UMEM Educational Pearls - By Haney Mallemat

Category: Visual Diagnosis

Title: What's the Diagnosis?

Posted: 4/29/2012 by Haney Mallemat, MD (Emailed: 4/30/2012) (Updated: 4/30/2012)
Click here to contact Haney Mallemat, MD


68 yo man presents with new-onset seizures; his CT is shown below. What is your differential diagnosis?

Show Answer

Mediastinitis is an infection of the mediastinum; a rapidly fatal surgical emergency if not recognized and treated early.

Causes include esophageal perforation, oropharyngeal infections (e.g., Ludwig’s angina), prevertebral or carotid space infections, and iatrogenically (endoscopy, hypopharyngeal perforations during intubation, etc.).

Plain films (neck / chest) may serve as a screening tool, but CT best defines the source and extent of disease; the CT below demonstrates gas within the soft-tissues and the mediastinum (red arrrows).

Infections may be polymicrobial and broad-spectrum antibiotics with anaerobic coverage (e.g., pipercillin-tazobacam) should be started initially.

Immediate treatment should also include:

  • Intubation (with co-existing soft tissue swelling)
  • Fluid resuscitation and hemodynamic support
  • Surgical consult for necrotic tissue debridement


Bonus Pearl

Can't keep up with all the great educational stuff in Emergency Medicine and Critical Care? Let the professionals at Life in the Fastlane do it for you ( These guys scour the web and blog about the best educational pearls, podcasts, and radoiolgic finds...and they're also quite the laugh. Check them out today!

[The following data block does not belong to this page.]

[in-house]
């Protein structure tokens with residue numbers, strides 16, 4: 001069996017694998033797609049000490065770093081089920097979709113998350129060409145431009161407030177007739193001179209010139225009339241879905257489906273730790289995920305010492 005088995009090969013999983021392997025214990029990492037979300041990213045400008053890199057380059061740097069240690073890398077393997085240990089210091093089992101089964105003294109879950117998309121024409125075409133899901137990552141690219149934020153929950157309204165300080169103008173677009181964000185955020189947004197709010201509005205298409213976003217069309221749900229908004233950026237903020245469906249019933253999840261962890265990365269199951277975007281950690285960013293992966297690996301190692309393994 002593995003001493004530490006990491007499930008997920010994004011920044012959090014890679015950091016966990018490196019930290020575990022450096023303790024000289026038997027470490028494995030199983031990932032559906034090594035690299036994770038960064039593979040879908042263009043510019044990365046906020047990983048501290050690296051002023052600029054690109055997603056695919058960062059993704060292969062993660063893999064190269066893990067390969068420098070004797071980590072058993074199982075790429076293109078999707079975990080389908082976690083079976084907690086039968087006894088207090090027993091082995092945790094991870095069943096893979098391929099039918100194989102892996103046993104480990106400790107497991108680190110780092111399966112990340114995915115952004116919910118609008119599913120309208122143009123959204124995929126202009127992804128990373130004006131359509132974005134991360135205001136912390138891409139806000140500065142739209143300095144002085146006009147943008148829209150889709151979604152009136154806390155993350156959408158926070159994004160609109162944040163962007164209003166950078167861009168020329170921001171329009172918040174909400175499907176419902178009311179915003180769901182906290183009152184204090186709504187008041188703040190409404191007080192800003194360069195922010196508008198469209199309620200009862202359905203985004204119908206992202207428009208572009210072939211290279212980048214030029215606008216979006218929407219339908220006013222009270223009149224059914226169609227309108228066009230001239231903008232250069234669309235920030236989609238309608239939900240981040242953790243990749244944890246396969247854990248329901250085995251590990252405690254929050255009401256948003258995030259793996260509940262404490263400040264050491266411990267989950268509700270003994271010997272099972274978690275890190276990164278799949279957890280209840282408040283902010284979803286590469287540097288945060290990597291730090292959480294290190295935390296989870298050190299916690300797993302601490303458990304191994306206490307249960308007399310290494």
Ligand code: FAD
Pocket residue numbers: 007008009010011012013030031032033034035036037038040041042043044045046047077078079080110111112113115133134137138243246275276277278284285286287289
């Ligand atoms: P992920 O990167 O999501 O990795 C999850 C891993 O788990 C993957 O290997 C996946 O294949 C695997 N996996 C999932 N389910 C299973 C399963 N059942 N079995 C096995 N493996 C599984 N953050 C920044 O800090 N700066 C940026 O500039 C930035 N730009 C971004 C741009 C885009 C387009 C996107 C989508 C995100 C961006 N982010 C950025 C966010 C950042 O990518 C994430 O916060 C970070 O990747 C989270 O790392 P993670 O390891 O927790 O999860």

Show References


67 yo male presents with burning substernal chest pain; worse with meals and when supine. What's the diagnosis?

Show Answer

Category: Critical Care

Title: Reducing nosocomial sepsis

Posted: 4/9/2012 by Haney Mallemat, MD (Emailed: 4/10/2012) (Updated: 8/12/2014)
Click here to contact Haney Mallemat, MD

Sepsis is one of the top 10 causes of death in the U.S. and its incidence is on the rise.

The financial burden of sepsis is also growing; it is estimated that between 2000 and 2005 the overall cost of ICU hospitalization rose from $56.6 billion to $81.7 billion per year with severe sepsis accounting for $16.7 billion.

Although we may not be able to immediately modify the incidence of community-acquired sepsis, hospital-acquired sepsis can be reduced; for example, many cases of nosocomial sepsis are associated with catheter blood stream infections secondary to central-lines.

There are several simple strategies to prevent catheter-related blood-stream infections:

  • Ensure proper hand hygiene prior to central-line insertion
  • Use maximum sterile procedures during insertion of central venous catheters
  • Use skin antiseptics and proper dressings at catheter insertion sites
  • Rapid discontinuation of central venous catheters once no longer needed